Follow this link to skip to the main content NASA Jet Propulsion Laboratory California Institute of Technology JPL HOME EARTH SOLAR SYSTEM STARS & GALAXIES SCIENCE & TECHNOLOGY BRING THE UNIVERSE TO YOU JPL Email News RSS Mobile Video
JPL Banner
Mars Reconnaissance Orbiter
Home Participate
MULTIMEDIA

Images

<< First Page     < Previous  |   4   |  5   |  6   |  7   |  8   |  9   |  10   |  11   |  12   |  13   |  14   |  15   |  16   |  17   |  18   |  Next >     Last Page >>
Okubo_figure_6.jpg
Deformation Bands in Martian Bedrock
Full Resolution
20080807_PR.jpg
Clay Minerals in Mawrth Vallis Region of Mars
Full Resolution
Crater Floor Deposits in Promethei Terra
Crater Floor Deposits in Promethei Terra
Full Resolution
This map shows the thickness of the north polar layered deposits on Mars as measured by the Shallow Radar instrument on NASA's Mars Reconnaissance Orbiter.
How Thick is the North Polar Ice Cap on Mars?
Full Resolution
Eridania Basin Light-Toned Outcrops
Eridania Basin Light-Toned Outcrops
Full Resolution
Sample Noachis Terra
Sample Noachis Terra
Full Resolution
Phobos in Stereo
'Marsshine' on Shadowed Part of Phobos
Full Resolution
PIA10370-with-inset.jpg
'Marsshine' on Shadowed Part of Phobos
Full Resolution
'Marsshine' on Shadowed Part of Phobos
Phobos from 5,800 Kilometers
Full Resolution
PIA10369.jpg
NASA Spacecraft Images Mars Moon in Color and in 3D
Full Resolution
PIA10368-cropV2.jpg
Phobos from 6,800 Kilometers (Color)
Full Resolution
PIA10368.jpg
NASA Spacecraft Images Mars Moon in Color and in 3D
Full Resolution
Phobos from 5,800 Kilometers
Phobos from 6,800 Kilometers
Full Resolution
Phobos from 6,800 Kilometers
Phobos from 5,800 Kilometers (Color)
Full Resolution
Caught in Action: This image shows avalanches on North Polar Scarps.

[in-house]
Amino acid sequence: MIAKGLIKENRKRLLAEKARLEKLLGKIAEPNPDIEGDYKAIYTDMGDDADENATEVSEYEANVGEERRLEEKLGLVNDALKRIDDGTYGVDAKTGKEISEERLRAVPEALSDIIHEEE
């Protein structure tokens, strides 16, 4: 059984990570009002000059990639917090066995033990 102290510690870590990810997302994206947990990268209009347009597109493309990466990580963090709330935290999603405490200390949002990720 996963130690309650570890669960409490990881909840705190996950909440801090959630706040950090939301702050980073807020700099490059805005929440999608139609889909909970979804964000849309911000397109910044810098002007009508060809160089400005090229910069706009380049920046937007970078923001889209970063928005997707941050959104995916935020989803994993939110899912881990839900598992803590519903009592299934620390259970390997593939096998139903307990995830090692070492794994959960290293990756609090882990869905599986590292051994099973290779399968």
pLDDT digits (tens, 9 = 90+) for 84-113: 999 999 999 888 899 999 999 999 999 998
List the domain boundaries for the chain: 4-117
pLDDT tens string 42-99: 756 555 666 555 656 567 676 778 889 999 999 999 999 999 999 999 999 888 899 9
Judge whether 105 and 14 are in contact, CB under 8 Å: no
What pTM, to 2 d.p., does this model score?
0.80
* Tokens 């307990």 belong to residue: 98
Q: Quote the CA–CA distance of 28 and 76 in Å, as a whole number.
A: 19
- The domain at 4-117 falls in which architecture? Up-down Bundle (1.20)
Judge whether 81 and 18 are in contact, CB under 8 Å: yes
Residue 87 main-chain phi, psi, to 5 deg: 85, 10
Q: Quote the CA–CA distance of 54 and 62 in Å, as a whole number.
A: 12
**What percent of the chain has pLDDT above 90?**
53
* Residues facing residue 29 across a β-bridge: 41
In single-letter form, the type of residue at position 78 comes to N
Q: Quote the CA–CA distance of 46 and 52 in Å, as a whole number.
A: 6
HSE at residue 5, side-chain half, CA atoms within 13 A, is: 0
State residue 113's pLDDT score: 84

Caught in Action: Avalanches on North Polar Scarps
Full Resolution
Chloride Salt Deposit in Southern Highlands of Mars
Bright Exposures of Chloride Salt on Southern Mars
Full Resolution
Bright Exposures of Chloride Salt on Southern Mars
Bright Exposures of Chloride Salt on Southern Mars
Full Resolution
PSP_006477_1745.jpg
Dust-Devil Tracks in Southern Schiaparelli Basin
Full Resolution
This observation shows a wrinkle ridge in Solis Planum, located in the Thaumasia region of Mars, a high-elevation volcanic plain located south of the Valles Marineris canyon system and east of the Tharsis volcanic complex. Solis Planum contains some of the most distinct and well studied arrays of wrinkle ridges on Mars.

Wrinkle ridges are long, winding topographic highs and are often characterized by a broad arch topped with a crenulated ridge. These features have been identified on many other planetary bodies such as the Moon, Mercury, and Venus. On Mars, they are many tens to hundreds of kilometers long, tens of kilometers wide, and have a relief of a few hundred meters. Wrinkle ridges are most commonly believed to form from horizontal compression or shortening of the crust due to faulting and are often located in volcanic plains. They commonly have asymmetrical cross sectional profiles and an offset in elevation on either side of the ridge. Large dunes are also visible bordering the wrinkle ridge.